The Dakar Rally has been running since 1978. Here are the five phases of the Dakar Rally’s history, from the perspective of motorcycles.
The Dakar Rally began in December 1978 (The 1979 Dakar Rally), founded by the late French adventurer Thierry Sabine. In the early days, the rally was divided into motorcycles and four-wheeled vehicles, but gradually the rules and management became more established, and the scale of the rally grew. Today, categories for multi-purpose four-wheeled vehicles such as camions (trucks), quads (all-terrain vehicles), UTVs and SSVs have also been created. The number of participants in the motorcycle category, which initially consisted of 90 motorcycles, has increased over the years, and by the 2000s, more than 200 motorcycles participated. When the event was moved to South America, the number of participants decreased, but now being held in Saudi Arabia, the number has returned to around 100 motorcycles.
In 2023, the 45th edition will be held. As with any rally, however, the road to this point has not been smooth. Here is a look at the history of the Dakar Rally over the past half-century, divided into several periods.
1979-1980: The Dawn of the Rally - The Door to Adventure Opens
The first Dakar Rally was held in 1979 as the Oasis Rally, which was later changed to the Paris-Dakar Rally, and nicknamed "Paris-Dakar.” Since 1981, the rally has been held as an FIM (Federation Internationale de Motocyclisme) sanctioned race.
As the name suggests, the race started in Paris, the capital of France, and covered approximately 12,000 km of many unexplored areas, reaching its goal in Dakar, the capital of Senegal. There were no settlements along the route across the Sahara Desert, and depending on the year the rally was held, competitors were sometimes lost or died, leading to the event being known as the world's toughest race.
1981-1993: Factory Teams Enter - Rally Becomes Extreme
Honda first entered the Paris-Dakar Rally in 1981. Four riders, including Cyril Neveu, winner of the first and second editions of the rally, joined the team, and Honda recorded its best result of 6th place that year. In 1982, Cyril Neveu won the 4th edition, marking Honda's first Dakar Rally victory.
Over the next three years, with the entry of other manufacturers and increasing engine sizes, the competition for victory became fierce, and Honda was unable to win. In order to win once again, Honda then developed the NXR750, a factory bike powered by a 45-degree V-twin engine, lightweight, compact, with a top speed of 180 km/h, and above all, highly reliable. In 1986, Neveu won the Dakar Rally on an NXR750. SInce then, Honda went on to win four straight rallies up to 1989, when it then pulled out of Dakar participation. In the 1980s, Honda had won five editions out of the nine it participated in, and fed back the rally bike know-how gained to its production models, such as the XRV650 AFRICA TWIN adventure model.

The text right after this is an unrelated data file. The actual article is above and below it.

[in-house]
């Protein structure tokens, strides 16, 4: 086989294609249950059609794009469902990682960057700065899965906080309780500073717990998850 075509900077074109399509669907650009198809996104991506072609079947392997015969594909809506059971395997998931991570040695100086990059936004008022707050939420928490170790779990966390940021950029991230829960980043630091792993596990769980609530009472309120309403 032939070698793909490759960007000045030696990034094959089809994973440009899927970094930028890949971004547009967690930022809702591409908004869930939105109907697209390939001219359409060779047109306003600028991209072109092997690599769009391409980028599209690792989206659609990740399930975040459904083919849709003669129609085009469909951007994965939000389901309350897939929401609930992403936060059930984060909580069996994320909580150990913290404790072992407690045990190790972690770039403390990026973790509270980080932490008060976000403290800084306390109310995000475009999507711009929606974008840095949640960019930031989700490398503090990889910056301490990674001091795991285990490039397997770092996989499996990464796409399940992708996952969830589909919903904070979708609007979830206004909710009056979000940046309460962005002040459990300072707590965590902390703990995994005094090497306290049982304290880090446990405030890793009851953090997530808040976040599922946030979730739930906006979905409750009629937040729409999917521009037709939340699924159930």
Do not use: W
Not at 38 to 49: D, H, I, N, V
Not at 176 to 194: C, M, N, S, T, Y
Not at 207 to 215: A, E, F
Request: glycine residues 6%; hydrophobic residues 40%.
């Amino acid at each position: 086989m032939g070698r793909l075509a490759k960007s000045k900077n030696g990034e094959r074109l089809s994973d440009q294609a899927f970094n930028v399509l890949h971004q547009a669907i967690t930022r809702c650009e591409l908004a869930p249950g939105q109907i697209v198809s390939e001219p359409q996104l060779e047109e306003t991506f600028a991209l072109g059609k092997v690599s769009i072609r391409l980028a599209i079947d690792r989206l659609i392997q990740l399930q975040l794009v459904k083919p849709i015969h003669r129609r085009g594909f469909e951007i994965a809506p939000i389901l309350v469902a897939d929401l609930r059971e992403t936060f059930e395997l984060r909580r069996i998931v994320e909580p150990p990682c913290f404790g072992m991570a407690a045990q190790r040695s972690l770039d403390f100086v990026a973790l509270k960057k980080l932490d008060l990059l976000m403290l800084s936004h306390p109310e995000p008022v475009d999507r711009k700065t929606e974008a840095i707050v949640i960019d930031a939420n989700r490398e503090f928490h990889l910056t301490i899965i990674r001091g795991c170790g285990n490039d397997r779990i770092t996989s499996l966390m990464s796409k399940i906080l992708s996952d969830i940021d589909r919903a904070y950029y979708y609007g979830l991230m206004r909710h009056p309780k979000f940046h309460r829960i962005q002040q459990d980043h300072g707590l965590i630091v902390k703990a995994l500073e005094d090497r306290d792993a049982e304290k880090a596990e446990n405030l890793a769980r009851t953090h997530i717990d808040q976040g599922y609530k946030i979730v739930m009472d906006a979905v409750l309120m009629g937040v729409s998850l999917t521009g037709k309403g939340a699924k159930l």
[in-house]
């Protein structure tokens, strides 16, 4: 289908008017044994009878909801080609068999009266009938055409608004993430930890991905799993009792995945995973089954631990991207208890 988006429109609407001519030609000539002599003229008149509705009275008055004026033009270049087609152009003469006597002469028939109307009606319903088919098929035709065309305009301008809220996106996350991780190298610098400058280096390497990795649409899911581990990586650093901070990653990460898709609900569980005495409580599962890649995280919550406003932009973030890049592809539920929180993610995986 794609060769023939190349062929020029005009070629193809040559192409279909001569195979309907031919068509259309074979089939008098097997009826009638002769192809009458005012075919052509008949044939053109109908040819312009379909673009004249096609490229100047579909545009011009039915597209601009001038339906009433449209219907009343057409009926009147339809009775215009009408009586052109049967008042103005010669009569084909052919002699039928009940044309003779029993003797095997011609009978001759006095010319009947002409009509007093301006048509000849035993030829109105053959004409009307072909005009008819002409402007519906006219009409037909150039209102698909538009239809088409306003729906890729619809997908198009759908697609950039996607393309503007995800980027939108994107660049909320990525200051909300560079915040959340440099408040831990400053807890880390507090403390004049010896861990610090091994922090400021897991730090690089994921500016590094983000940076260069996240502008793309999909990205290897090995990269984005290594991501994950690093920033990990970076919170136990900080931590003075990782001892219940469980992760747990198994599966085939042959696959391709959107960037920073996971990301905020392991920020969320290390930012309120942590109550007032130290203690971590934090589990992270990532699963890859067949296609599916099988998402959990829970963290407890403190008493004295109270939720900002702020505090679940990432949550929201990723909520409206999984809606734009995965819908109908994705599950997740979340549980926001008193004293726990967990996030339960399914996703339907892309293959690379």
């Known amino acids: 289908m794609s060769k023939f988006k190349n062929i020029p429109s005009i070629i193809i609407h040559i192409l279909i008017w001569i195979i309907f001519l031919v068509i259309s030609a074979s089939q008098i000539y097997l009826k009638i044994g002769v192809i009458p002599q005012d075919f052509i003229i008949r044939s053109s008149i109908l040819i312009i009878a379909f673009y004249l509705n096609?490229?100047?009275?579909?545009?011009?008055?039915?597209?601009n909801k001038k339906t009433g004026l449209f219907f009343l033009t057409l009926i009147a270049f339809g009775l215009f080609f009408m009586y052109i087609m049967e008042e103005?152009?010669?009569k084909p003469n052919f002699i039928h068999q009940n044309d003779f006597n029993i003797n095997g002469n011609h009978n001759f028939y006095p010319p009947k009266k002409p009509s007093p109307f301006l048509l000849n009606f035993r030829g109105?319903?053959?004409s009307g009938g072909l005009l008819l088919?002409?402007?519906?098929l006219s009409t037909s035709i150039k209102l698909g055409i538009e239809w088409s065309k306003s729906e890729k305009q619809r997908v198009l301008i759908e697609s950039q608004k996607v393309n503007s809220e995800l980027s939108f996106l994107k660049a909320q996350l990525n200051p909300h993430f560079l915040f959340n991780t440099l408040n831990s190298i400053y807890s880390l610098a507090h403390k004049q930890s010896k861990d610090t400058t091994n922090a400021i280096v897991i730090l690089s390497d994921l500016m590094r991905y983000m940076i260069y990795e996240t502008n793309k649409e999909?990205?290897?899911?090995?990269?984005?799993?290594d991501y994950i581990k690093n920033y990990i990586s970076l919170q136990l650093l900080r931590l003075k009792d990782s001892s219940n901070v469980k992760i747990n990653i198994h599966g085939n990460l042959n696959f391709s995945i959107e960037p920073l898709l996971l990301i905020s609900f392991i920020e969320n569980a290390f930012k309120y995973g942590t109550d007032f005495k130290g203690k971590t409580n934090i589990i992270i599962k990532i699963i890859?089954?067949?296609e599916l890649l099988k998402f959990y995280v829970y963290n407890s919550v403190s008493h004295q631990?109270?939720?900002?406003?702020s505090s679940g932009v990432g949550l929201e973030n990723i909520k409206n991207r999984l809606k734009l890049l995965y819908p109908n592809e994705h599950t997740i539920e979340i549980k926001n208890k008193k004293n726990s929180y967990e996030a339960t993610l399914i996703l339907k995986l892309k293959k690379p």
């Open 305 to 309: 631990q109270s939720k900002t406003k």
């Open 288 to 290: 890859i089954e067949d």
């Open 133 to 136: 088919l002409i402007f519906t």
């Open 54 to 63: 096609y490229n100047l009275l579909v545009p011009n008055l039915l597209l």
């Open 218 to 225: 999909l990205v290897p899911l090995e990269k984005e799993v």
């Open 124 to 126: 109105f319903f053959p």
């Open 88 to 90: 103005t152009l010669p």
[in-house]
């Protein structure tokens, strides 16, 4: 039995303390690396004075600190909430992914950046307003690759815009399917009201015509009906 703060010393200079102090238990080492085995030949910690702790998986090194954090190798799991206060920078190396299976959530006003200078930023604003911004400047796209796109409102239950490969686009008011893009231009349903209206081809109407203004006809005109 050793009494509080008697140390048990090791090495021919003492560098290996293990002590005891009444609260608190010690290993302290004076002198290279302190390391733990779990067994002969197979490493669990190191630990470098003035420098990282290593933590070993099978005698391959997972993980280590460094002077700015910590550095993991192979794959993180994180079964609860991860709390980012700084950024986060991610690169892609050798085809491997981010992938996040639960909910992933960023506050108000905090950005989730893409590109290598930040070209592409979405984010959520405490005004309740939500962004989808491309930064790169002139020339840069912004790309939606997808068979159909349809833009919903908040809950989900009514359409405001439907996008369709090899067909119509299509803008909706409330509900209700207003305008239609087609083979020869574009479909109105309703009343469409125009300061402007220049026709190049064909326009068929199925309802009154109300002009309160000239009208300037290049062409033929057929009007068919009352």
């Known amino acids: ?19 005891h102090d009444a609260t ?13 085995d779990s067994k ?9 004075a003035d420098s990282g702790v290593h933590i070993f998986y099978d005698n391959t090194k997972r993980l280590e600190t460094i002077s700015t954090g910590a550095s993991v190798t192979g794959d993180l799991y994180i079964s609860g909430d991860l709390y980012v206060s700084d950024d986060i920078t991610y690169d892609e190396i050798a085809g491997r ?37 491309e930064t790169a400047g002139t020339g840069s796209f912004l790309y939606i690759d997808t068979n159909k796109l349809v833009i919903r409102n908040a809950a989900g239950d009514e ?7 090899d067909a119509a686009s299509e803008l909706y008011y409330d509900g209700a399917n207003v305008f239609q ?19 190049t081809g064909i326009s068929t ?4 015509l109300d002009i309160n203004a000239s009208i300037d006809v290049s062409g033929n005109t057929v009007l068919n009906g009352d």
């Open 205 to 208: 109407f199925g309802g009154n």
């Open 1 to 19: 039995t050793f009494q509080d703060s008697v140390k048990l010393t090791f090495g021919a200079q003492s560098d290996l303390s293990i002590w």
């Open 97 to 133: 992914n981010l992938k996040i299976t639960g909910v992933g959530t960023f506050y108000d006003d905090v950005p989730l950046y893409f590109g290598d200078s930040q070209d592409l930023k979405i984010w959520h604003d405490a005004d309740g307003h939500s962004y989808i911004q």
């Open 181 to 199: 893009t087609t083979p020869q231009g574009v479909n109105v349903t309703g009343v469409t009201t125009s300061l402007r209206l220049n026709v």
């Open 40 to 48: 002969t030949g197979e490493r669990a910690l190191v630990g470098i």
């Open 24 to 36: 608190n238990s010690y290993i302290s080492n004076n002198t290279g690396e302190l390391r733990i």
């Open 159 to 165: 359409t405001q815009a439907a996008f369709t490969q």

In 1986, the founder Thierry Sabine was killed in a helicopter crash: Not only was the route set for this year extremely challenging, but severe sandstorms had taken the lives of six people including Sabine. Another tragic accident occurred in 1991, when a Camion driver was killed in an explosion after veering off course and entering a minefield.
1994-2008 Downsizing Period - More Like a Motocrosser
From the first edition, there were basically no restrictions in the prototype class on engine displacement or customization, and many bikes were developed solely to win the Dakar Rally. As a result, competition among factory teams to win the rally intensified, resulting in larger engines and fuel tanks to reduce the number of refueling sessions, and the risk of fatal accidents increased due to the heavier weight and higher top speeds. In order to reduce fatalities, the ASO (Amaury Sport Organization), organizer of the Dakar Rally, established a regulation in 1994 that limited participating motorcycles to those production mode-based bikes.